So if you see me tooling around Phoenix in my little Scion and my lips are moving, don’t worry. I’m not crazy. I’m not talking to myself. I’m singing along with Hilary.

(For more insight into this break-up, see also my posts on Good Charlotte’s break-up album Good Morning Revival

Tori Amos: A Return to Form

I downloaded Tori’s new album last week and got a few opportunities to listen to the first half. So far, I really like it. It does seem a bit like both a return to form and an evoluation. I wasn’t a huge fan of The Beekeeper—I thought it sounded like outtakes from Scarlet’s Walk (which I loved).

The songs have a little bit more of an edge, and I’m pleased to report there is even a snarling electric guitar in the mix. Tori’s creating characters again—five women of various backgrounds and interests—and letting them sing about their lives. It’s an interesting conceit and does work toward creating a more cohesive album.

In celebration, a rundown (in descending order) of my favorite Tori albums:

1. Under the Pink
2. Little Earthquakes
3. Scarlet’s Walk*
4. From the Choirgirl Hotel
5. Boys for Pele*
6. To Venus and Back
7. The Beekeeper

*indicates that I saw her on this tour. I event bought the pig-suckling t-shirt at the Boys for Pele show.

And as a bonus, three of my favorite b-sides:

“Honey”
“Angie”
“Sugar”

Good Grief, Charlotte Brown!

This week the new Good Charlotte album dropped and even after just 24 hours I can say I am totally in love with it.

Good Morning Revival is a bit of a departure from their first two albums, The Young and the Hopeless and The Chronicles of Life and Death. Their previous efforts have been pop-punk anthems chock full of misanthropic lyrics, lots of thick eyeliner, and snarling guitars.

The snarling guitars are back (and good thing), but now they’re joined by driving dance-rock beats and—yes—synths and electronica. The resulting fusion is something wonderful. My favorite song—I listened to it three times on the way to work today—is “Victims of Love.” I love rock songs that make you want to get up and dance, and this album is full of them, but Good Charlotte haven’t “sacrificed” too much of what made their old albums good too. The lyrics now are deeper, have more complexity (although that’s not much of a stretch, really), and the melodies are, well, more melodic.

Other great tracks include “Misery,” “The River” (which is sort of about finding a new start), “Dance Floor Anthem” (yes, it’s true), “All Black,” and “Break Apart Her Heart.”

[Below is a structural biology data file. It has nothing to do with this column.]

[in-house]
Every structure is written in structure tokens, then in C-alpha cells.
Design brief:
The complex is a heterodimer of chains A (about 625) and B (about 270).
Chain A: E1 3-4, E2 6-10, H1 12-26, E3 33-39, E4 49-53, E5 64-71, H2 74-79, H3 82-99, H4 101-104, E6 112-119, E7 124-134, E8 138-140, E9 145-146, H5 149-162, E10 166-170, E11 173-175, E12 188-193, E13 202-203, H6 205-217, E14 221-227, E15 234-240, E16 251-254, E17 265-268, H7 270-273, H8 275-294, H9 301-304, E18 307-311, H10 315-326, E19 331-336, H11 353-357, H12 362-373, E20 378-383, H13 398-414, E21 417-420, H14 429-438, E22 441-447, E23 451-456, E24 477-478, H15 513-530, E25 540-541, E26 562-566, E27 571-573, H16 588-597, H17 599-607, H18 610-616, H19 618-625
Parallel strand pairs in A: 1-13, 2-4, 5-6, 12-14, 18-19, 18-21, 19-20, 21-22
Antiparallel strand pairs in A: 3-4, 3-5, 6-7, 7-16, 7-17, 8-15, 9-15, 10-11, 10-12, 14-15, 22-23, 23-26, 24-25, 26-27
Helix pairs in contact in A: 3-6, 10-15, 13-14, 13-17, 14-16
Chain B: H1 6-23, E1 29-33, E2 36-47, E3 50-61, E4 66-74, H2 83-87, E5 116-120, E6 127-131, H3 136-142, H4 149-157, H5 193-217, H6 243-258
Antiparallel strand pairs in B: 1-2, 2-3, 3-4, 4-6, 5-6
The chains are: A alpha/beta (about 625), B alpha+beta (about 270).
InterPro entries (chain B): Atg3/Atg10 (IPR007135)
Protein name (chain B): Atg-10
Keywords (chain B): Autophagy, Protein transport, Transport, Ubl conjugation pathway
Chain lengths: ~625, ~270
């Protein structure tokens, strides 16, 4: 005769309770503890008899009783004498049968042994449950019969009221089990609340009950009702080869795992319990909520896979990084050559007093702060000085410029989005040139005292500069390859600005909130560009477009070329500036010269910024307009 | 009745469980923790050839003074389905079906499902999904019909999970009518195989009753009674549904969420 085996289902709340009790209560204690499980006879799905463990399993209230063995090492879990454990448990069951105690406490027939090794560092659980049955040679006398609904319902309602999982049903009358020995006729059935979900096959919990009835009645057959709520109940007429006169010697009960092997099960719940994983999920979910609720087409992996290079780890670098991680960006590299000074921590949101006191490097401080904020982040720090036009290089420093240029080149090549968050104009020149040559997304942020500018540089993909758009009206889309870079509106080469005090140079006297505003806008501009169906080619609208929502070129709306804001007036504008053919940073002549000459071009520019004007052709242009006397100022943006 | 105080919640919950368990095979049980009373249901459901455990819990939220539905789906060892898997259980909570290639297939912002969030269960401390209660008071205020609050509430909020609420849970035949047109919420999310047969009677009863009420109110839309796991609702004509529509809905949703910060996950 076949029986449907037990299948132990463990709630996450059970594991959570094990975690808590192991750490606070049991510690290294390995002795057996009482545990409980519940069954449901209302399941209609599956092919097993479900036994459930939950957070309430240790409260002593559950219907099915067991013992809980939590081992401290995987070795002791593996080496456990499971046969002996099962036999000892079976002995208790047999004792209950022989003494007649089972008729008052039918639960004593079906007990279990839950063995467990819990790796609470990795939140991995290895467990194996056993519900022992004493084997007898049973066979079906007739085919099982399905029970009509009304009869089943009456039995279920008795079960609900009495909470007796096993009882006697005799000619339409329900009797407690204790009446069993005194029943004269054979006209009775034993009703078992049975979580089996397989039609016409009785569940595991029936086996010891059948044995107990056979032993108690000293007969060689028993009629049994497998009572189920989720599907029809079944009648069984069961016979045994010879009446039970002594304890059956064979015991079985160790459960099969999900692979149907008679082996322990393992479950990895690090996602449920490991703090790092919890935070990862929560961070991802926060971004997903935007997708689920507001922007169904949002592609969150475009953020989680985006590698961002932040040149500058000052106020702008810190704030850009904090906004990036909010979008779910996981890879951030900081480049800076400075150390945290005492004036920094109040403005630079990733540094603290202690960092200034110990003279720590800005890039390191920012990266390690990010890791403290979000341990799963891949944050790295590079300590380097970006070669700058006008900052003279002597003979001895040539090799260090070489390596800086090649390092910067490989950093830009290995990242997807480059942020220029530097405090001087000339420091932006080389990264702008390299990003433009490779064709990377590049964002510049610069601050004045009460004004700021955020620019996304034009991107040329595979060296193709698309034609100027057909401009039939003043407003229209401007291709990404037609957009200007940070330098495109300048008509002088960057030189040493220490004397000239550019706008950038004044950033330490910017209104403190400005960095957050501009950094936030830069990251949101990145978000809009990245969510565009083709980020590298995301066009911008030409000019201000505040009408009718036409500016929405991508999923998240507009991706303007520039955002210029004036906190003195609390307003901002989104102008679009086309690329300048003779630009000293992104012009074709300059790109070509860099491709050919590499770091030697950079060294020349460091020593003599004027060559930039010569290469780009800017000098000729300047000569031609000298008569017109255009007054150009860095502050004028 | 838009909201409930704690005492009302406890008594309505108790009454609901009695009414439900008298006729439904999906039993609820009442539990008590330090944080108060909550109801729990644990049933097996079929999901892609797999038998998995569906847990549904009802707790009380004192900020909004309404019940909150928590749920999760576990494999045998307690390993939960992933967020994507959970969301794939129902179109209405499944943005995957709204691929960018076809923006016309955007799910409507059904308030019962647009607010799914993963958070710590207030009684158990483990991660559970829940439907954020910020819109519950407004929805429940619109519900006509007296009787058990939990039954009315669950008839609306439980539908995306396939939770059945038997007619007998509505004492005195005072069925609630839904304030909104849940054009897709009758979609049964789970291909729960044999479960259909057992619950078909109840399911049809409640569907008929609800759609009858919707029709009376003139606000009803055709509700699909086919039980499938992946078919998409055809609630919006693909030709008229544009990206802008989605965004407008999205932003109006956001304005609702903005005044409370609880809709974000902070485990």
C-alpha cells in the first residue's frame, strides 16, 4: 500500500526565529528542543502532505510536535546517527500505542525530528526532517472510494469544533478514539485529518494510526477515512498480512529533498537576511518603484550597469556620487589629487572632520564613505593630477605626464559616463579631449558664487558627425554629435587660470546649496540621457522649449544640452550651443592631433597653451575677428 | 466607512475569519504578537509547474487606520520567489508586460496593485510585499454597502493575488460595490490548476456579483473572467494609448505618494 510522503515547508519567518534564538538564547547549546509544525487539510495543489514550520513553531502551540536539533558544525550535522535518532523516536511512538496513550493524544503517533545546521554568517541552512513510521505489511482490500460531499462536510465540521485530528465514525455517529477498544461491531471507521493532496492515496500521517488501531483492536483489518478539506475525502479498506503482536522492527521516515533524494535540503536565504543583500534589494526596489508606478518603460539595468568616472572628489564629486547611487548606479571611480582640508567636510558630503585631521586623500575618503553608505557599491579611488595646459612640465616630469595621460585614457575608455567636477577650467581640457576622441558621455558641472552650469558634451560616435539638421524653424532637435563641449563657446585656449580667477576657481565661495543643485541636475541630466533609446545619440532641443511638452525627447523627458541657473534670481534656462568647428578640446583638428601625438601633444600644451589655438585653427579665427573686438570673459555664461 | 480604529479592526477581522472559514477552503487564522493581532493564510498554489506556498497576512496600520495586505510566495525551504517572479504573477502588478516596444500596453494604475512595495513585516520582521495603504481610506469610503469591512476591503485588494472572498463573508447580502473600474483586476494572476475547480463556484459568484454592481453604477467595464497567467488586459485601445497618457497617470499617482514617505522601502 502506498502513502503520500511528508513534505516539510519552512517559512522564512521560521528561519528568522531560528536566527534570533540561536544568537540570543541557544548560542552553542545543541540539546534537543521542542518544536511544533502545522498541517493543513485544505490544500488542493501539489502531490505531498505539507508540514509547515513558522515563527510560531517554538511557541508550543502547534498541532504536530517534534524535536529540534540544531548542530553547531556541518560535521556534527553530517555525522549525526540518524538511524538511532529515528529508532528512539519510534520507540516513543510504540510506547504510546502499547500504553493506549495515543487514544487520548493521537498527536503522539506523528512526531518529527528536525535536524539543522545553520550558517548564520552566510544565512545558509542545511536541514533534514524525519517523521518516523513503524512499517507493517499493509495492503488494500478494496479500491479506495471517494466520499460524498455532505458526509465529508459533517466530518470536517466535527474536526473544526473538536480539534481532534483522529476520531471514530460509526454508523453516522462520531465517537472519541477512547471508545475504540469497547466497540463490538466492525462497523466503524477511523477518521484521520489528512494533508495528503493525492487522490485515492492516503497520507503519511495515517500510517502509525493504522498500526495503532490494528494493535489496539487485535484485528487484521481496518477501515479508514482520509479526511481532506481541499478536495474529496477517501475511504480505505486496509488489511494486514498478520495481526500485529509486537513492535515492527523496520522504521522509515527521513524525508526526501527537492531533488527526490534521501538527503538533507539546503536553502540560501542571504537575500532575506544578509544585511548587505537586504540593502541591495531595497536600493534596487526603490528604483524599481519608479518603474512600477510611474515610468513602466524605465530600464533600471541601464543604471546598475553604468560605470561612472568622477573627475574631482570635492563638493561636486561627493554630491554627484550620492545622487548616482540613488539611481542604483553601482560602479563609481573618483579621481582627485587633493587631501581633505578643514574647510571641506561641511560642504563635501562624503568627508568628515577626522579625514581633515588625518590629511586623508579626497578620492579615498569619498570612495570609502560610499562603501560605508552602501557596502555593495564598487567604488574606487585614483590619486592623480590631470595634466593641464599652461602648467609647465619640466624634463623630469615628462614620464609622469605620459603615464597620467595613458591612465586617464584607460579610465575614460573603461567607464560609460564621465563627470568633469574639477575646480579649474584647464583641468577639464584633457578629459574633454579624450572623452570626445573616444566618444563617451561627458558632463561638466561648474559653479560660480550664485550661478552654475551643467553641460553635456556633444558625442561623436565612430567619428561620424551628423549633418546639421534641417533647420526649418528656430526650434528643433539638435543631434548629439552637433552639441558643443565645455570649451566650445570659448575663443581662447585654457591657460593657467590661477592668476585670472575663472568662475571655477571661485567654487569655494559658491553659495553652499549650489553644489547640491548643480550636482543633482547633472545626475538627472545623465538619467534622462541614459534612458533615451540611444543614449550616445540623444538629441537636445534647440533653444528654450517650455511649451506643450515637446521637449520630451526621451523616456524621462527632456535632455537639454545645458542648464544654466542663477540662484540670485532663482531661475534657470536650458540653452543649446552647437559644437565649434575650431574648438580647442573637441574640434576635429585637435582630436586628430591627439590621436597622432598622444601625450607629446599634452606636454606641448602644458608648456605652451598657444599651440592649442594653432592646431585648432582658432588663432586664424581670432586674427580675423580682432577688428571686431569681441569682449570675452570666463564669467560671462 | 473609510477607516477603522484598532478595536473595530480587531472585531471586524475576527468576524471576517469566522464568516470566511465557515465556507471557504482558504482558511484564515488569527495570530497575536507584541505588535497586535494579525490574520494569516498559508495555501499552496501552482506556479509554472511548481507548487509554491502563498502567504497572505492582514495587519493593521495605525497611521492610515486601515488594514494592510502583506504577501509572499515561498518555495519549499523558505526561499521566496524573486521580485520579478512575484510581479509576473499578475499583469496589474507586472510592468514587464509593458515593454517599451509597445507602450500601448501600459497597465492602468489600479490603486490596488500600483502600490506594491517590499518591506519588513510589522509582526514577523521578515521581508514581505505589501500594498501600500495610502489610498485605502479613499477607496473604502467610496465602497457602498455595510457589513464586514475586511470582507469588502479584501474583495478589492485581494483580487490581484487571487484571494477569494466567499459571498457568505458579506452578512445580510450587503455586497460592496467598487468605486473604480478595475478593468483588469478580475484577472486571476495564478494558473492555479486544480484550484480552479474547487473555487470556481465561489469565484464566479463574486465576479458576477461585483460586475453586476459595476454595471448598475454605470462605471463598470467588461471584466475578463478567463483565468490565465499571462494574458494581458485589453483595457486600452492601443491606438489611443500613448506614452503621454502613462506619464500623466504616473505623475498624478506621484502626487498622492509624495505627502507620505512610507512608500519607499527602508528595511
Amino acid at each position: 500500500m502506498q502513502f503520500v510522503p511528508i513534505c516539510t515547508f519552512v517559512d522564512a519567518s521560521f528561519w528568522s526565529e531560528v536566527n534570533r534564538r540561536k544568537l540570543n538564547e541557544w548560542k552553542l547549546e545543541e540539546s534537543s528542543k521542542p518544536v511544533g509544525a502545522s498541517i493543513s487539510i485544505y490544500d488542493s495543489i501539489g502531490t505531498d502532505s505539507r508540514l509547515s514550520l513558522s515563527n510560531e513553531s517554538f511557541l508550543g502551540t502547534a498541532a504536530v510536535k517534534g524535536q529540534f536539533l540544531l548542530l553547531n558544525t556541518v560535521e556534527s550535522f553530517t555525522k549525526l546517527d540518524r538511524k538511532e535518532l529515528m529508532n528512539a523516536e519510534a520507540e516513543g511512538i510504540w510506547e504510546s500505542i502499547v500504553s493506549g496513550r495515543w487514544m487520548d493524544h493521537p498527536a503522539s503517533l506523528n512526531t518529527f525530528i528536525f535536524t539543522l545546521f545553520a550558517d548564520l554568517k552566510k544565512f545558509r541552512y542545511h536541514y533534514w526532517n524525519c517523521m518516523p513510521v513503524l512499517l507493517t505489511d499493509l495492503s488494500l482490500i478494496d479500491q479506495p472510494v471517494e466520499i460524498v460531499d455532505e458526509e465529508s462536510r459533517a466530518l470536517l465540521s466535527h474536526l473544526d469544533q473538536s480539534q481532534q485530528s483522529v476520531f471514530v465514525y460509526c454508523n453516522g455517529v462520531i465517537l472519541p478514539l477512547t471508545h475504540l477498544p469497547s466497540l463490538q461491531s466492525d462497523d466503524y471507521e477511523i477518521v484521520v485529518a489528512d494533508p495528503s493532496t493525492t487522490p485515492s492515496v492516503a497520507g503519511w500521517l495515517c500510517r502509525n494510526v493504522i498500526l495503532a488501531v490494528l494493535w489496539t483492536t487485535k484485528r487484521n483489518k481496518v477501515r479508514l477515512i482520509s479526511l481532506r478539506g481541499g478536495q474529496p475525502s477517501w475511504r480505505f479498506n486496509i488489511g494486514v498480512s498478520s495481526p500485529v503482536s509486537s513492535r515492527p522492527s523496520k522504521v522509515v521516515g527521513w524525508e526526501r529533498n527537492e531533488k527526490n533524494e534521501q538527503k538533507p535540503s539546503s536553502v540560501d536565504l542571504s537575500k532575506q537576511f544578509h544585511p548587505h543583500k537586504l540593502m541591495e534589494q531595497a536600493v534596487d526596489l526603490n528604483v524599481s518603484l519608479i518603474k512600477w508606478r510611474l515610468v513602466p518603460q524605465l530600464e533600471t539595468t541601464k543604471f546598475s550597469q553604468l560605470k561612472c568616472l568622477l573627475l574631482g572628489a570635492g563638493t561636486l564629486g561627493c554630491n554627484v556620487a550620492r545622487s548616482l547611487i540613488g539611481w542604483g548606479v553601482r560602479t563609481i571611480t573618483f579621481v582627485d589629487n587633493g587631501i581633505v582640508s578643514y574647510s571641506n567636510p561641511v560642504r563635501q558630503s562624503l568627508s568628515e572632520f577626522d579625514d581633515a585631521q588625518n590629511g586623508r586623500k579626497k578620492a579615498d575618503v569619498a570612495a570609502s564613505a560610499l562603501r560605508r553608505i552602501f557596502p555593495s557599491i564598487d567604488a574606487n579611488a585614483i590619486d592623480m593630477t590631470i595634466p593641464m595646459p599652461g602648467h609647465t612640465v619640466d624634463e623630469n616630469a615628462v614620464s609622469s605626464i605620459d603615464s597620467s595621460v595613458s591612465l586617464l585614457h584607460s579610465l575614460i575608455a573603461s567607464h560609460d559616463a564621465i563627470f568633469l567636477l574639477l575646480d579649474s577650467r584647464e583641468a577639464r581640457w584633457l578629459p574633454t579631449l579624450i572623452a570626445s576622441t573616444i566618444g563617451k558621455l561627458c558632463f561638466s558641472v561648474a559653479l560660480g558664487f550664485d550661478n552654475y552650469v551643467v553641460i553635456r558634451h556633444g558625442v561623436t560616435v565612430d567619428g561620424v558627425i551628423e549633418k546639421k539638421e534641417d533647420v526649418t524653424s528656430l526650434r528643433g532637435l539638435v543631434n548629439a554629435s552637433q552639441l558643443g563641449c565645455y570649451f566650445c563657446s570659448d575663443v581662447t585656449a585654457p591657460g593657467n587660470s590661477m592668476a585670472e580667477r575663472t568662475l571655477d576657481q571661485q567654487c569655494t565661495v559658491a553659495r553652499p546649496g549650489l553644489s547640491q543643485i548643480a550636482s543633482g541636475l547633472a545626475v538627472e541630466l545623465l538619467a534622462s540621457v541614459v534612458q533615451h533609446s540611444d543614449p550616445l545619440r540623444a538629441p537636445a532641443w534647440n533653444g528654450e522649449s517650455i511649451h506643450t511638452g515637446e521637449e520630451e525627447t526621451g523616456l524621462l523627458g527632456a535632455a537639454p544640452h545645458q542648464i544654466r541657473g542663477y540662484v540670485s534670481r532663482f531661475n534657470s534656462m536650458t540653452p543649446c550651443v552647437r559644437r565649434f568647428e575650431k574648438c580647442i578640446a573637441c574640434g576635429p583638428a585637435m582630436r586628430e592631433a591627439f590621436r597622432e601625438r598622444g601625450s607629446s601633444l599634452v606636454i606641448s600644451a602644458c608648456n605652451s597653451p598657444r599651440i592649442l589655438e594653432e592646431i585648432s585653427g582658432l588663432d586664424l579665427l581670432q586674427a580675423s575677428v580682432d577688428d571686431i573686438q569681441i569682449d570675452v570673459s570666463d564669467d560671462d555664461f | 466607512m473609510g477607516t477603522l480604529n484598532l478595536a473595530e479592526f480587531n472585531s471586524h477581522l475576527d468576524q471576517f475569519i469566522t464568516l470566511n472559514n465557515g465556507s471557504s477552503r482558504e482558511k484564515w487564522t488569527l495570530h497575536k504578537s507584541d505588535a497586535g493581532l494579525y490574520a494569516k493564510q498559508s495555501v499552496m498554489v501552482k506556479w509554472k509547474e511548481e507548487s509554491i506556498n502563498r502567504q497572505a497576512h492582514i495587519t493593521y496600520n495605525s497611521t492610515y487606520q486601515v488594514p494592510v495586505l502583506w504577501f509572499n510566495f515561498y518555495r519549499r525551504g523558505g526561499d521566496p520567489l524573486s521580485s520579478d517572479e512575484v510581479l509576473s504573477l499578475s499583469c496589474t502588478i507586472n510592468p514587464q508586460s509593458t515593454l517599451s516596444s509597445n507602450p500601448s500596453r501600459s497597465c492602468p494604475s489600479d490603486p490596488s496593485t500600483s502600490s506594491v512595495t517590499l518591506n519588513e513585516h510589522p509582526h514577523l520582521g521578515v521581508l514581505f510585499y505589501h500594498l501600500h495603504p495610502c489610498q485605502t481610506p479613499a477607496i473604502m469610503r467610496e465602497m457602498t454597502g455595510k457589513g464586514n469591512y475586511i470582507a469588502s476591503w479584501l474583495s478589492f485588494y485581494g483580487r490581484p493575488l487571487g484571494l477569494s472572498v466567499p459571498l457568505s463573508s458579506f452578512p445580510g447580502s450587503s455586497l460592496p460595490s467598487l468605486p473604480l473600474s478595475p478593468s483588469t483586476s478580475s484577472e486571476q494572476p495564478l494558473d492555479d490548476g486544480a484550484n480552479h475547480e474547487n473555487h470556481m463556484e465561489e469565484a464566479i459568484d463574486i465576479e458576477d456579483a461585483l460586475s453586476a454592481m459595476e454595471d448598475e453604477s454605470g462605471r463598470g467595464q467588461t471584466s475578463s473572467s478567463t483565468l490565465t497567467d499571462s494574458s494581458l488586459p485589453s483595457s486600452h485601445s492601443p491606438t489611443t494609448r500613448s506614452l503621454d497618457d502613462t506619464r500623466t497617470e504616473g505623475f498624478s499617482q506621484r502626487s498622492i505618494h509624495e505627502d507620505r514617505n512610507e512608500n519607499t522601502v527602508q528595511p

The lead singer used to date Hillary Duff, so you have to wonder how many of these songs are about her. Or about finding solace in Nicole Richie’s…arms.

I used to be ashamed about my love for Good Charlotte, seeing as I’m not currently a fourteen-year-old girl, overly emo, or goth. But I’m coming out. I love them! This album is so good it’s even going on my workout mix.

One Last List Because AWP’s Right Around the Corner

Albums I’ve purchased this year:

+44, When Your Heart Stops Beating
They kind of remind me of Sugar and Foo Fighters playing together, but I like it. It has a fresh, 90s-alterna feel to it.

Ok Go, Oh No
I was a little late to the train, but I’ve sorted it out now and I really like this band.

Avril Lavigne, Under My Skin
I’m done fighting this. I love Avril Lavigne. Do you hear me? I LOVE HER. I’m gonna tell the world. I listened to the album for two weeks straight. It’s well done.

Matchbox Twenty, More Than You Think You Are
Another belated purchase; I really like Rob Thomas’s songwriting and lyrics, and this is a good album.

Wham!, Make It Big
Is this title something George Michael is fond of uttering in men’s rooms? Whatever the case, it was a nostalgia purchase. I used to roller skate to this album in my basement. It was like Xanadu, but no ONJ.

The Blow, Paper Television
A gift from my friend Kevin, this is an interesting, quiet little album of softcore alternative electronica. Nice, different.

Matt Kearney, Nothing Left to Lose
What would happen if Coldplay picked up Duncan Sheik’s guitar and started doing a little spoken word? The answer: this.

Gnarls Barkley, St. Elsewhere
A strange album with a wide range, I really enjoy the way they inject R&B and soul into their songs. Great cover of the Femmes’s “Gone Daddy Gone.”

Dannii Minogue, Neon Nights
If it’s not clear by now, I’m gay.

Lilly Allen, Alright, Still
Oops, and I just got a little gayer. Allen mixes reggae, ska hooks, P!nk’s brand of lyrics with Shirley Manson’s anger into a pop confection you don’t mind so much when she stretches to rhyme “al fresco” with “Tesco.” Cute accent, too.

Stefy, The Orange Album
Yes, delicious. Sweet and tangy, with a thick rind of guitar and…oh, where is this metaphor going?

Young Love, Too Young to Fight It
LOVE. Reminds me of Panic! At the Disco with a heavier focus on electronic beats than guitar.

Erasure, On the Road to Nashville: (Live in Nashville)
How am I so blessed but to have TWO acoustic albums by Erasure? This one torques up the country and provides revisions of some of their older favorites like “Stop!,” “Chains of Love,” and “A Little Respect.” A must-hear.

Evanescence, The Open Door
I tried to resist, but I love Amy Lee’s voice, and sometimes I get angry too. And sad. And my dark angry sadness needs a little company. I haven’t heard it yet because I just bought it today, but it will probably keep me company in the dark angry sadness that is AWP.